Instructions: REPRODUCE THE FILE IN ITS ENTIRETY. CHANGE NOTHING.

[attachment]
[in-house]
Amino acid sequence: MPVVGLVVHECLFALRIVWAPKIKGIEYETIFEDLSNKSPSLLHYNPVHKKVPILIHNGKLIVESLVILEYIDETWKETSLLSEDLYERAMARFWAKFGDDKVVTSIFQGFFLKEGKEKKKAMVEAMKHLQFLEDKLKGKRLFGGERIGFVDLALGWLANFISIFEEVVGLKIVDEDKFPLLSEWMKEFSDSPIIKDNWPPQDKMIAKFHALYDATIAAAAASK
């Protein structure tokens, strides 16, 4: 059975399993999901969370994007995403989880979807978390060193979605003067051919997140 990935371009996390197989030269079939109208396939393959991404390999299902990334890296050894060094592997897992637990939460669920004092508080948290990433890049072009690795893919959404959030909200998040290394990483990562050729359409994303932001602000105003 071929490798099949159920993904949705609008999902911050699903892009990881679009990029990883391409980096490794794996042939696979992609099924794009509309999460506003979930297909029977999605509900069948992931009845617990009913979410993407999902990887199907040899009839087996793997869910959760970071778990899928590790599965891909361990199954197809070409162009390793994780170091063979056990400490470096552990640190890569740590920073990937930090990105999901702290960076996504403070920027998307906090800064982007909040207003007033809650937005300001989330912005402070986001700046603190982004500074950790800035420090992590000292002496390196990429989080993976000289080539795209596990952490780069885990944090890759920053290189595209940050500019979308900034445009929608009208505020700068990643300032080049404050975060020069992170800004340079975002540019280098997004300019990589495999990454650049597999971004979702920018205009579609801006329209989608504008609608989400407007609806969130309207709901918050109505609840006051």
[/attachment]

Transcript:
[in-house]
Amino acid sequence: MPVVGLVVHECLFALRIVWAPKIKGIEYETIFEDLSNKSPSLLHYNPVHKKVPILIHNGKLIVESLVILEYIDETWKETSLLSEDLYERAMARFWAKFGDDKVVTSIFQGFFLKEGKEKKKAMVEAMKHLQFLEDKLKGKRLFGGERIGFVDLALGWLANFISIFEEVVGLKIVDEDKFPLLSEWMKEFSDSPIIKDNWPPQDKMIAKFHALYDATIAAAAASK
């Protein structure tokens, strides 16, 4: 059975399993999901969370994007995403989880979807978390060193979605003067051919997140 990935371009996390197989030269079939109208396939393959991404390999299902990334890296050894060094592997897992637990939460669920004092508080948290990433890049072009690795893919959404959030909200998040290394990483990562050729359409994303932001602000105003 071929490798099949159920993904949705609008999902911050699903892009990881679009990029990883391409980096490794794996042939696979992609099924794009509309999460506003979930297909029977999605509900069948992931009845617990009913979410993407999902990887199907040899009839087996793997869910959760970071778990899928590790599965891909361990199954197809070409162009390793994780170091063979056990400490470096552990640190890569740590920073990937930090990105999901702290960076996504403070920027998307906090800064982007909040207003007033809650937005300001989330912005402070986001700046603190982004500074950790800035420090992590000292002496390196990429989080993976000289080539795209596990952490780069885990944090890759920053290189595209940050500019979308900034445009929608009208505020700068990643300032080049404050975060020069992170800004340079975002540019280098997004300019990589495999990454650049597999971004979702920018205009579609801006329209989608504008609608989400407007609806969130309207709901918050109505609840006051």